East Lindsey

A developers’ latest attempt to impress councillors with an 89-home proposal in Horncastle could succeed next Thursday.

Officers at East Lindsey District Council are recommending approval of Gleeson Homes’ plans for land off Winceby Gardens to the authority’s planning committee.

A previous attempt by the developer for 97 homes on the site was refused in December 2019 after councillors said residents “deserved better” in terms of quality and design.

Residents feared the increased use of nearby roads as a “rat run”. An appeal against the decision was dismissed in July.

East Lindsey District Council’s planning committe refused a previous application in December 2019.

Gleeson Homes hopes the new plans will address a number of the concerns, with open spaces to the north providing a “buffer zone” with Banovallum Gardens and the new road layout being “pedestrian friendly”.

The new homes will include 24 two-bedroom, 58 three-bedroom and seven four-bedroom houses.

In a report before councillors, officers said the plans are considered acceptable and “would overcome” the concerns raised by the appeal inspector.

“With the reduction in housing numbers, the increased amount of open space and the changed layout, it is considered that the proposed housing estate would respond in a positive way to those estates around it and if approved would provide a sense of place that would harmonise with its surroundings,” they said.

Residents fear an increase in the road being used as a “rat run”.

Objections have been received from 15 nearby addresses. Those against the plans say it “doesn’t overcome the reasons for appeal dismissal”.

They say that despite reduction in the number of houses, the density of areas of the development has increased, that it doesn’t reflect the character of the area and doesn’t include  a “good sized play area” in the middle of the site.

Horncastle Town Council has also called for the plans to be refused again, though say they realise the town must grow.

They are backed by the Winceby Gardens Action group which says the development is “out of scale”.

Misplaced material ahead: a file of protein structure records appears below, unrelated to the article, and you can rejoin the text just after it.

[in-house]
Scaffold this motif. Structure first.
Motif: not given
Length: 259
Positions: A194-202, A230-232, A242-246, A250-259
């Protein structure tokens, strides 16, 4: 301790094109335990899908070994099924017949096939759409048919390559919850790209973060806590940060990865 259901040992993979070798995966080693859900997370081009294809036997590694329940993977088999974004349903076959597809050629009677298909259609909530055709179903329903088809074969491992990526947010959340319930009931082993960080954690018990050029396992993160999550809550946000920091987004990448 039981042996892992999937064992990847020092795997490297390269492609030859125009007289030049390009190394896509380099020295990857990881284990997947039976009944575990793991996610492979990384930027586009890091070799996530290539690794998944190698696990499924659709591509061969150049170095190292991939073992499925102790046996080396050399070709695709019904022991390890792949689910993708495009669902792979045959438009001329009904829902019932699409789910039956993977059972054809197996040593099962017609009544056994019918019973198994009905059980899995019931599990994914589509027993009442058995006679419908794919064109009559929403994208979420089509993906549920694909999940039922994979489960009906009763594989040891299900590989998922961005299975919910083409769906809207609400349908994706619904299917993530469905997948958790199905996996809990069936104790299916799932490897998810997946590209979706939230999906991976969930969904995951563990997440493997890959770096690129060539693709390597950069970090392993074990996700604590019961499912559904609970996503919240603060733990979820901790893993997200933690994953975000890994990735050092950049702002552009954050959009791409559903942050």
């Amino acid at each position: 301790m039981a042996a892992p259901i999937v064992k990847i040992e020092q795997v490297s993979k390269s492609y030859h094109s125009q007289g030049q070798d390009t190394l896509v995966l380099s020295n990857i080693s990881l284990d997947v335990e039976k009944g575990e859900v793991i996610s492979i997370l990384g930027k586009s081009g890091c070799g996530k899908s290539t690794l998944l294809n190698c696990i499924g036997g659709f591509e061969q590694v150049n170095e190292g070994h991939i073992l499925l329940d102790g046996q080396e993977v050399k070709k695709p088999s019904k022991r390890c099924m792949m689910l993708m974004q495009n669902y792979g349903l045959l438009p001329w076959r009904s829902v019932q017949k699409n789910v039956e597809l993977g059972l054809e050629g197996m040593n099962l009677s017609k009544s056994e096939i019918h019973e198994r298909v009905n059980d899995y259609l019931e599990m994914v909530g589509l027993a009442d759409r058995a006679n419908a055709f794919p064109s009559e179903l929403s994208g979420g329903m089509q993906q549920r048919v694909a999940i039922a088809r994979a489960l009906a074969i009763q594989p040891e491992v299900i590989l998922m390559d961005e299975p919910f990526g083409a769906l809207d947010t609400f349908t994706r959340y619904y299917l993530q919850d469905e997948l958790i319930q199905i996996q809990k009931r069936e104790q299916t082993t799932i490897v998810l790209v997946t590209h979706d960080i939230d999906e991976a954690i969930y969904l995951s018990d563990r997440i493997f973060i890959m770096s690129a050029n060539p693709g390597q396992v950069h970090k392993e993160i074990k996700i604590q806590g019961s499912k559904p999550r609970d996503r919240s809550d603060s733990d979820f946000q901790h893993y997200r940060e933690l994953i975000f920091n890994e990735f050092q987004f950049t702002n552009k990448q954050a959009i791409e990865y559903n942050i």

A new food challenge in Horncastle is yet to be defeated.

Munch & Go is a food delivery service in Horncastle and has been running for over six years in the area, but this challenge is something completely new.

The Tiger Loaf challenge began on Saturday, August 8 and has so far had two people try, and fail, to beat it.

The challenge requires you to eat a monstrous tiger loaf sandwich which contains 10 sausages, 8 bacon rashers, 8 hash browns, 4 eggs and a tin and a half of baked beans.

Owner Andrew Eurich showing off the Tiger Loaf. Photo: Munch & Go Horncastle

It costs £20 to enter, and you have 45 minutes to eat the whole thing.

If you don’t finish it, you get to take the rest away and eat it later, but if you win you get the meal free.

That’s a LOT of food for just one sandwich. Photo: Munch & Go Horncastle

There is also a £50 cash prize for the first person who can complete the challenge.

Owner Andrew Eurich told Lincolnshire Reporter that there has been plenty of interest in the challenge.

“The interest is growing, we’ve had three people ask to do the challenge after seeing the posts on Facebook.

“I’m going to contact a few competitive eaters to try and get them to take it on.”

If you think you can take on the Tiger Loaf challenge, send Munch & Go a message on Facebook, or call them on 07510 300769.

Lincoln Magistrates Court approved the eviction of four people from three flats in the Bull Ring in Horncastle after reports of damaging property.

Properties 5B, 5C and 5D on Bull Ring, Horncastle have been cleared after reports of anti-social behaviour and disorder, including smashing glass and throwing things.

Flat 5B was issued a three month closure notice by the court on July 21, with a man and a woman being evicted that night.

Flats 5C and 5D were given two month closure notices on August 5, a man from each residence was escorted from the property, Lincolnshire Police said.

The flats have now been temporarily boarded up. This means it is now a criminal offence for anybody other than the landlord, or someone carrying out repairs for the landlord, to enter these flats.

Inspector Sarah Constantine for the Wolds said: “My team and I recognise and understand that there has been concern in the community about how the police have been able to deal with those involved in this anti-social behaviour during the COVID-19 pandemic.

“A great deal of work has gone into this very difficult case by all involved including our partner agencies and the public who supported us to achieve this outcome.”

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